In less than three days, a horde of people will converge on this quiet little town for the annual Hillsboro Arts & Crafts Fair.

More than 40,000 people will make their way to Hillsboro. They will target a seven-block area of downtown Hillsboro, from 9 a.m. to 5:30 p.m.

Around 400 local and national vendors will be on hand to market a wide range of products.

With so many people, and so many vendors, one would think an army of helpers would be required to keep things running smoothly.

In essence, that is exactly what happens.

Every year since the beginning of the fair, nearly every aspect of the event has been handled by volunteers.

Carol Wiebe, executive director of the Hillsboro Management Board and a member of the Arts & Crafts Fair planning committee, underlined the importance of volunteers.

“The Arts and Crafts Association is sponsored by all volunteers, without them, we could not possibly have an event of this size in a community with this population.”

“Volunteers make the fair happen,” she said. “It is a total commitment from the people in Hillsboro to make this event what it is.”

Wiebe said each job is important.

“A number of our friends just do awesome jobs, and when you see them come to town at 4:30 a.m. and work until 7:30 p.m., it’s hard to single out who did the best, because they are all very important.”

Wiebe did however, have good things to say about one particular volunteer. “I think our No. 1 leader, of course, would be the fair director, which is Aldina Franz.”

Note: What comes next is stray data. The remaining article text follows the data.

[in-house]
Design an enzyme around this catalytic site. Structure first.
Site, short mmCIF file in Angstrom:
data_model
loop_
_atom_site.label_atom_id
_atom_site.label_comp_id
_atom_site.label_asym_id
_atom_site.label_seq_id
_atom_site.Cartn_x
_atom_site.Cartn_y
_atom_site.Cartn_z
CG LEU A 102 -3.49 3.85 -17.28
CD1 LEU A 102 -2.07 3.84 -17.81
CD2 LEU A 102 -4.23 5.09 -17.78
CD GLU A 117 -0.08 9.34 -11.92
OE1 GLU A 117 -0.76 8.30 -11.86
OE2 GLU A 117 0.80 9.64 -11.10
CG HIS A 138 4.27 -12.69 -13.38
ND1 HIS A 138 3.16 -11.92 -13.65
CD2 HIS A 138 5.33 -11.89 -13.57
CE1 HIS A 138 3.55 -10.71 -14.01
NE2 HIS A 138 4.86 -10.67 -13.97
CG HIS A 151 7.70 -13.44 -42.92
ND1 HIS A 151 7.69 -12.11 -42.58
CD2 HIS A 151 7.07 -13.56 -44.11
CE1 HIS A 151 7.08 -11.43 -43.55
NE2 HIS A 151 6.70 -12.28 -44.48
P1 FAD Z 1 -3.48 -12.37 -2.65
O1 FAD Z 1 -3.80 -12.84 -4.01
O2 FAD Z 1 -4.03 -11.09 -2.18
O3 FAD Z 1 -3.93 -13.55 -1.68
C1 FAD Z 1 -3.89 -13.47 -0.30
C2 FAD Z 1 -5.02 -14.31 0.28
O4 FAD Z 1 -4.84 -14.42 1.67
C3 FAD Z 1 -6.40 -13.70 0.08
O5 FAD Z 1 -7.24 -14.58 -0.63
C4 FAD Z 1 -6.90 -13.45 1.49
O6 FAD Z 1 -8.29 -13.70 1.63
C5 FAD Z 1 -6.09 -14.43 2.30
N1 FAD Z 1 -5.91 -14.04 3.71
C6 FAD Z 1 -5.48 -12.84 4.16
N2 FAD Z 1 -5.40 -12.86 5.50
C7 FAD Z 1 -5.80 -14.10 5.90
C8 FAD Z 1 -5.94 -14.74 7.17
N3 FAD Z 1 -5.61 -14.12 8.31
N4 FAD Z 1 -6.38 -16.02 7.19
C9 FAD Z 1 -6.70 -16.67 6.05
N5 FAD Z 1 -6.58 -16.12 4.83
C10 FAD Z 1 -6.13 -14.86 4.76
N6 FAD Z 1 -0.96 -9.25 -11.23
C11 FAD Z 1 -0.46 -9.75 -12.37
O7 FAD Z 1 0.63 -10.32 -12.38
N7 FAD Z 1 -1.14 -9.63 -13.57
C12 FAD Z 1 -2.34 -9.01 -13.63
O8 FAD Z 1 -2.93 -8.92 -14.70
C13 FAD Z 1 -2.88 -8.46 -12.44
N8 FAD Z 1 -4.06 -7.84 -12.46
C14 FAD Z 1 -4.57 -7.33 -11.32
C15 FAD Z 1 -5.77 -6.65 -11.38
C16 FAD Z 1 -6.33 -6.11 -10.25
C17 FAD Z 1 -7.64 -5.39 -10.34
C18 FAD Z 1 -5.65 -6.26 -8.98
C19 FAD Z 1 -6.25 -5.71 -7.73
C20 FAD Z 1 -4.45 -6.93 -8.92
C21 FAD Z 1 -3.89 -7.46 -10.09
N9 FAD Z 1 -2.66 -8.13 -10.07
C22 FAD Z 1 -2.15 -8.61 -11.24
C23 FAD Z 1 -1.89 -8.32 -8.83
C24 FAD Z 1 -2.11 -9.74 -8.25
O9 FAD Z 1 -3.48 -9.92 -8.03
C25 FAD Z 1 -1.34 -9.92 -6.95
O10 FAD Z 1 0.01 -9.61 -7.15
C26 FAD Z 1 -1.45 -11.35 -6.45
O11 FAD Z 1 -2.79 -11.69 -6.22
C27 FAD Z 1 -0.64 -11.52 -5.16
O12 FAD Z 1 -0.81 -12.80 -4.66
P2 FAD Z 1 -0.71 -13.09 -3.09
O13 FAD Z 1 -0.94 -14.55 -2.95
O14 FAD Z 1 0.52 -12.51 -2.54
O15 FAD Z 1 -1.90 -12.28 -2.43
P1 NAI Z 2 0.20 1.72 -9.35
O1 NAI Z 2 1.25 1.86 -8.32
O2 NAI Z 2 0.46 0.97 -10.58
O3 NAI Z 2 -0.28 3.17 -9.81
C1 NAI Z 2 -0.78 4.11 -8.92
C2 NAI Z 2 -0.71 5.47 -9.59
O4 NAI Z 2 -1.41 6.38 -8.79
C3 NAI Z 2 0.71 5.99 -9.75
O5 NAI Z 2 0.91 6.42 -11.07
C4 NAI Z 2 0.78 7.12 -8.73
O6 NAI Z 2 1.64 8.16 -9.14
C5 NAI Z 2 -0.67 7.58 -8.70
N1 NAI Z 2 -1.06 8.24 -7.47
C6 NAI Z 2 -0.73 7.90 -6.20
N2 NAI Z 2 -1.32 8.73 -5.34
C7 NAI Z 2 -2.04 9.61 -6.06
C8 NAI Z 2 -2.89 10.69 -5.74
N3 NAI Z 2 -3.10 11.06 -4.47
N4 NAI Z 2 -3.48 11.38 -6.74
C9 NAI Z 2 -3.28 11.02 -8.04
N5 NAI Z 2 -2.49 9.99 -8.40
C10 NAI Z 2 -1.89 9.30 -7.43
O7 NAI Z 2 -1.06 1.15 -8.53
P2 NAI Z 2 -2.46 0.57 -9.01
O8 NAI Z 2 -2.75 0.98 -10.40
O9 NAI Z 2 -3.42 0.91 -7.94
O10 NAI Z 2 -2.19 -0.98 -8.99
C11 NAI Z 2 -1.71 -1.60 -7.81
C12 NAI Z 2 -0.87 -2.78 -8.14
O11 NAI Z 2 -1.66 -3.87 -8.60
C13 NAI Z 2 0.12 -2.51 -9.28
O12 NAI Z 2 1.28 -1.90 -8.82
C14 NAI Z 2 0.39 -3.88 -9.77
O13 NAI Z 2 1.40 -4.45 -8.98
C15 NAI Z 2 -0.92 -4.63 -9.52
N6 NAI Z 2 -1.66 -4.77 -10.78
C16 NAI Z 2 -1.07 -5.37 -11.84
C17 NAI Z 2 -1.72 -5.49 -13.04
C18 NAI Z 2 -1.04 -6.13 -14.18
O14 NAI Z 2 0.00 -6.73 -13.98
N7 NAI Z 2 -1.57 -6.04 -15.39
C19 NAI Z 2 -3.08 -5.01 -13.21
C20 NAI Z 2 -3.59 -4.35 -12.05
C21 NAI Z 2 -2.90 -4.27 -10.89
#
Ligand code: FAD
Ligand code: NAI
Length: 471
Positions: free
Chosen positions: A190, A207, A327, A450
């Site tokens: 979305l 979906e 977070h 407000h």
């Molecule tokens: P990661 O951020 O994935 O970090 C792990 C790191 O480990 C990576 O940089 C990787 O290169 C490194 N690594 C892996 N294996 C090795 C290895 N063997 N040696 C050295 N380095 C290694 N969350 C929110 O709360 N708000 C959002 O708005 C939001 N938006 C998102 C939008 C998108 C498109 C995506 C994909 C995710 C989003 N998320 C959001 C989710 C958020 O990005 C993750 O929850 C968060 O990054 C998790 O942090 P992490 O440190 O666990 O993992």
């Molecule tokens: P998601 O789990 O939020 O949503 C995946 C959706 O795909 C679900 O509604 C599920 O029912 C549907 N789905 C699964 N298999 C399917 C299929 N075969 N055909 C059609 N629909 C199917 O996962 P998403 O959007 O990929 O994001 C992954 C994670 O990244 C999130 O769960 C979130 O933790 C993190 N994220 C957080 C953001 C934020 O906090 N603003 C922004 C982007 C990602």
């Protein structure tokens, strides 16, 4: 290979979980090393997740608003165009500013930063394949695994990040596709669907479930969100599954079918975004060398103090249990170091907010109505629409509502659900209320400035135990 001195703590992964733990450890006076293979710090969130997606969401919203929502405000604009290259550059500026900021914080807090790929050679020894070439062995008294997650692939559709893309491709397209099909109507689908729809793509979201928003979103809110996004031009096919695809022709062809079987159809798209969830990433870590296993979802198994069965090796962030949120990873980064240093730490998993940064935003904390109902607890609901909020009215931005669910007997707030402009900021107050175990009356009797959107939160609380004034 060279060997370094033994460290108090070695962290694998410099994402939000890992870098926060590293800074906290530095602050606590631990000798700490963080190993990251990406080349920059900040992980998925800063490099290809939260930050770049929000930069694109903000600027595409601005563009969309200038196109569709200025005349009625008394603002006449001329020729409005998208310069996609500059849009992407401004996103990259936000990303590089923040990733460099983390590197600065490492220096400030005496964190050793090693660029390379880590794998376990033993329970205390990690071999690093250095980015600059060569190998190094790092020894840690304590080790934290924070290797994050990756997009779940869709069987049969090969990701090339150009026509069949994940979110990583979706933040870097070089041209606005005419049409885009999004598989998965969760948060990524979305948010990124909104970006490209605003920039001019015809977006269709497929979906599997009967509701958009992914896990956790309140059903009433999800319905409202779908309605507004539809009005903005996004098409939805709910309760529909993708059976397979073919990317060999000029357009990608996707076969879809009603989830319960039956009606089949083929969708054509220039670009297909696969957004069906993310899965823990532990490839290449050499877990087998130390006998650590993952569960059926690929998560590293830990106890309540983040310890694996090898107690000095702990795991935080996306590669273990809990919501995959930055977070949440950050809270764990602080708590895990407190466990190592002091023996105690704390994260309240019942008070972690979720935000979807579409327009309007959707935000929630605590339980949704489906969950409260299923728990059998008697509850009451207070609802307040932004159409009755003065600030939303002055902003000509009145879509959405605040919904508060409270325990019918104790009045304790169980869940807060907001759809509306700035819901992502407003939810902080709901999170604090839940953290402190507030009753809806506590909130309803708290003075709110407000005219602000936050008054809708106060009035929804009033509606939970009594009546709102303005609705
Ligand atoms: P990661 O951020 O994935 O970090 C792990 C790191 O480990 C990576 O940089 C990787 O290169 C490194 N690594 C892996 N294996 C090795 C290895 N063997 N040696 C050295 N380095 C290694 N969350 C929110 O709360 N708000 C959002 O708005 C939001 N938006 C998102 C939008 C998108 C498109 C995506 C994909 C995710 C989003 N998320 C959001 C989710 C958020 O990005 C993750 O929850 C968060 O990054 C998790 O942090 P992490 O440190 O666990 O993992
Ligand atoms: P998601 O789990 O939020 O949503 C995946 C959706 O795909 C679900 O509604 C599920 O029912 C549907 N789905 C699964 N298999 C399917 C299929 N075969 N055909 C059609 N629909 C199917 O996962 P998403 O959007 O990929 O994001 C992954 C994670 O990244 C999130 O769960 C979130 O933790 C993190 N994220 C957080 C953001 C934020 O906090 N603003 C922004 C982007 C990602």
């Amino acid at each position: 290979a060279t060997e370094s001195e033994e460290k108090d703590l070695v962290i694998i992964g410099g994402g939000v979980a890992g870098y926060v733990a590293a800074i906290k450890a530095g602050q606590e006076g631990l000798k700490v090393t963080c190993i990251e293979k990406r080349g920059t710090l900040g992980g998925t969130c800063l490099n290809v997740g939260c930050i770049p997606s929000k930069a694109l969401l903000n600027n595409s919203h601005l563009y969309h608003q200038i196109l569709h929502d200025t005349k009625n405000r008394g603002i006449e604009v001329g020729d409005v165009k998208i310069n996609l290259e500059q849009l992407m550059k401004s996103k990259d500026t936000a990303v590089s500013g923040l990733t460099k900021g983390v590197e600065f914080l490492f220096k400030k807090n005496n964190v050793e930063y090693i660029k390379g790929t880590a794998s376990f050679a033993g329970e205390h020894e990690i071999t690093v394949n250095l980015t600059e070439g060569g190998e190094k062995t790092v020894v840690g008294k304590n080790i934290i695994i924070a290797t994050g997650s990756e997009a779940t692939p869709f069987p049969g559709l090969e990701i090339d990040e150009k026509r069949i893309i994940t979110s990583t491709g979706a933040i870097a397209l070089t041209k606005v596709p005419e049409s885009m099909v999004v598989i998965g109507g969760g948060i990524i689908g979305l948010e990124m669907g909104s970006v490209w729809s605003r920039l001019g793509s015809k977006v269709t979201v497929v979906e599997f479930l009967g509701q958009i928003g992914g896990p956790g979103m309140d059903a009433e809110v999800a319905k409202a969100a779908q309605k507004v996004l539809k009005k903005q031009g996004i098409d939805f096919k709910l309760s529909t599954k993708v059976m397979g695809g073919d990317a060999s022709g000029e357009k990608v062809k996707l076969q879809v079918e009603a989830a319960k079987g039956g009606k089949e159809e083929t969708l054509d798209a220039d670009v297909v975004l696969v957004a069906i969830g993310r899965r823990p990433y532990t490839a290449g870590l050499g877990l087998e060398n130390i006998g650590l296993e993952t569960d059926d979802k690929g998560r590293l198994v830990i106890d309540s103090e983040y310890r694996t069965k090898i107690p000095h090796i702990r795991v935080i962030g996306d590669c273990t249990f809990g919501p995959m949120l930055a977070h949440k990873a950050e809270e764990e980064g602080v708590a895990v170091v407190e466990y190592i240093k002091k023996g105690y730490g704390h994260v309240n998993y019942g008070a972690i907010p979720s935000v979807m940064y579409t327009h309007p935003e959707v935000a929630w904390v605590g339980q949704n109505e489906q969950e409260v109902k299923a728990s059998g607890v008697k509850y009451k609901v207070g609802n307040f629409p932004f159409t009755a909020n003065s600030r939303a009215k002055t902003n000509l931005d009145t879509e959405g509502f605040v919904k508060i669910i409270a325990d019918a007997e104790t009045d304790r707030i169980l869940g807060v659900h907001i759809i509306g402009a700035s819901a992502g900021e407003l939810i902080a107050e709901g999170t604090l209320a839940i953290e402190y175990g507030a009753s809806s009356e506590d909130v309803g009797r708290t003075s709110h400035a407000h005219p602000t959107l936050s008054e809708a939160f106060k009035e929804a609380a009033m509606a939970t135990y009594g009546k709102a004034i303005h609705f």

Franz has been involved with the fair for more than 18 years, serving as president of the Arts & Crafts Association for 15 of those years.

One of the keys to success for the annual fair, is the excellent organization.

Planning begins as early as January, when committees are selected and the mailing list is updated.

More than 1,400 applications and brochures are mailed by March 1 to those who have asked for information.

Applications must be returned by May 1; all 400 vendors are chosen and placed by June 1.

The fair is also well-publicized throughout the year. Carol Breese, also a charter member of the fair association, has been in charge of publicity for more than 30 years.

She begins in January and promotes the fair through several venues every month, including magazines and television.

The week before the fair, Franz begins preparing information packets for the vendors.

The packets include detailed instructions covering every aspect of the day’s events.

This helps to minimize confusion and keeps the set-up process running smoothly.

The night before the fair, at 4 a.m., Helen McMinn and her crew of volunteers, known as “The Dawn Patrol,” are busy premarking all the sidewalk spaces for the vendors.

They also put the vendor numbers on the windows of the storefronts and doublecheck all of the vendor spaces, ensuring everyone will be in the right place.

McMinn echoed Wiebe’s sentiments.

“I don’t think there would be a fair without volunteers, because you couldn’t possibly pay all these people for the terrific amount of time that goes into it.”

All of the volunteers will arrive by 4:45 a.m., and Kerry Shewey distributes coffee and rolls so that by 5 a.m. they are ready to go.

Just before 5 a.m., Jane Long heads to Memorial Park with the information packets for the vendors.

Once the exhibitors get here, Carolyn Kleiber, who is in charge of the fair officials-a.k.a. the set up crew-gets everyone into their yellow vests and into position.

Johnnie Liles, city superintendent, has been in charge of the early-morning set up for more than 15 years.